When it’s your turn, you’ll speak into your microphone and the software will analyze if you pronounced the words correctly.
This helps you get comfortable speaking real, natural Japanese, just like you were talking with a native!
One nice feature of this speech recognition software is that you can adjust its sensitivity.
So, if you want it to be more or less strict with you, you have that option available to you.
Features of Rocket Japanese: Language & Culture Lessons
This is where they go into details and break stuff down.
This is where you’ll see discussions of grammar, like particles and conjugation.
This is also where you’ll learn how to put together your own sentences, and, importantly, how to apply what you’ve learned in real Japanese settings.
At the bottom, they’ll have a box with a bit of cultural information as well. For example, module five has a section about the cultural importance of cherry blossom traditions.
Features of Rocket Japanese: Writing Lessons
A really nice section of each module is the writing portion. To start with, they’ll take you through writing all of the hiragana, followed by all the katakana.
The hiragana is split across ten lessons, and the katakana gets its own ten lessons, so no worries about getting overwhelmed with too much new info at once.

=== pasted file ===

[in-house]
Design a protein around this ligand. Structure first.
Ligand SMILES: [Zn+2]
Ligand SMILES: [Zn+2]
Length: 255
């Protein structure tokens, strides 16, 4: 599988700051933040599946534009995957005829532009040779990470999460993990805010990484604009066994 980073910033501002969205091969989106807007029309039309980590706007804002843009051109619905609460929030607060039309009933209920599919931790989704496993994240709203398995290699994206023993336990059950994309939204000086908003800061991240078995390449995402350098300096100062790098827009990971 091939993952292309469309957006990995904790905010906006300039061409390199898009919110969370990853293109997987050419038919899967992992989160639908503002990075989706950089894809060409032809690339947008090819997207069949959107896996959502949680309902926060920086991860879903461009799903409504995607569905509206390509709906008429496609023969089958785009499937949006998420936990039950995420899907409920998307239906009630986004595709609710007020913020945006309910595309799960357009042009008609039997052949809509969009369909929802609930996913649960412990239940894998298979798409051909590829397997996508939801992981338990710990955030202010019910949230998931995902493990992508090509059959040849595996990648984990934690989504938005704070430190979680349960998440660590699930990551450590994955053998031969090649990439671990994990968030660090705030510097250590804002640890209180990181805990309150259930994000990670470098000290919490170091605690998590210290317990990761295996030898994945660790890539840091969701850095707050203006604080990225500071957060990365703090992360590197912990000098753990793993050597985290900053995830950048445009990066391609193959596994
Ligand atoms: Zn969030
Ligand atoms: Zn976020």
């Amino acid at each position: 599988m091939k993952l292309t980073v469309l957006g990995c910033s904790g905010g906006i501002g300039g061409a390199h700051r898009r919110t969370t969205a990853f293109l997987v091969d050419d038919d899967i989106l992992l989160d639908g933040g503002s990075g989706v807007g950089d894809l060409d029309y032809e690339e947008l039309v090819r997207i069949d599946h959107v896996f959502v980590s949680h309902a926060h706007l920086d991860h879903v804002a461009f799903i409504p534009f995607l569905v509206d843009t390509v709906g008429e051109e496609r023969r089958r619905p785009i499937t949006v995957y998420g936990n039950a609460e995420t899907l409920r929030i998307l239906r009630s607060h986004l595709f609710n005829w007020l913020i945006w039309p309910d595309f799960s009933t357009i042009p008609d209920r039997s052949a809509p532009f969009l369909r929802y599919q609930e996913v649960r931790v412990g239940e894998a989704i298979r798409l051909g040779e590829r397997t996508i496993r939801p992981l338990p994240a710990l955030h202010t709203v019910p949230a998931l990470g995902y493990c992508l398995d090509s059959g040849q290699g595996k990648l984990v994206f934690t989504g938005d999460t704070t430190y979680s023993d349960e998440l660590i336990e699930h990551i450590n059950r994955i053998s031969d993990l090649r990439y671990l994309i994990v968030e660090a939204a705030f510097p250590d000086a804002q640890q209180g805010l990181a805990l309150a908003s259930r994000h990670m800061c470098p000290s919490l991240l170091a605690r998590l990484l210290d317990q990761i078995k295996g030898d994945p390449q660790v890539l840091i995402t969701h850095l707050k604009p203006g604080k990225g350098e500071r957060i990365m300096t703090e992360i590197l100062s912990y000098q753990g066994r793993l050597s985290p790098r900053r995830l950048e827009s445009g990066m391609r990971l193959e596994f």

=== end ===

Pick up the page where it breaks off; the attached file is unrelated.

They also dedicate a lesson to the combination of the kana and the unique sounds they make.
Each of these kana lessons comes with a quick video that shows you the character being drawn (I wish it was a gif, actually, so it would just loop, but otherwise the videos are a nice touch).
They then show you several words you can now read using just the kana you’ve already learned. I think I like that feature of this section the best.
Finally, in module five you get to learning kanji. I didn’t count up all the kanji they have you learn, but suffice to say it’s quite a few.
They carefully show you how to write each character.
In fact, they go further than that. In their little applet, they both have a little feature that demonstrates the stroke order of each kanji, but it also allows you to draw it yourself using your mouse (or finger if on mobile).
As a nice bonus, there’s also a little score-keeper there, so you can see just how close to perfectly you wrote the character.
Following that, they demonstrate the onyomi and kunyomi (the different readings of the kanji), as well as words you can learn that use only characters you’ve already learned (again, something I really like).
Features of Rocket Japanese: Rocket Reinforcement Activities
At the end of every lesson, there’s a series of four “Reinforcement Activities.”
According to Rocket Languages, these are all designed to remember the parts of the language that are giving you difficulty and to focus on those parts especially.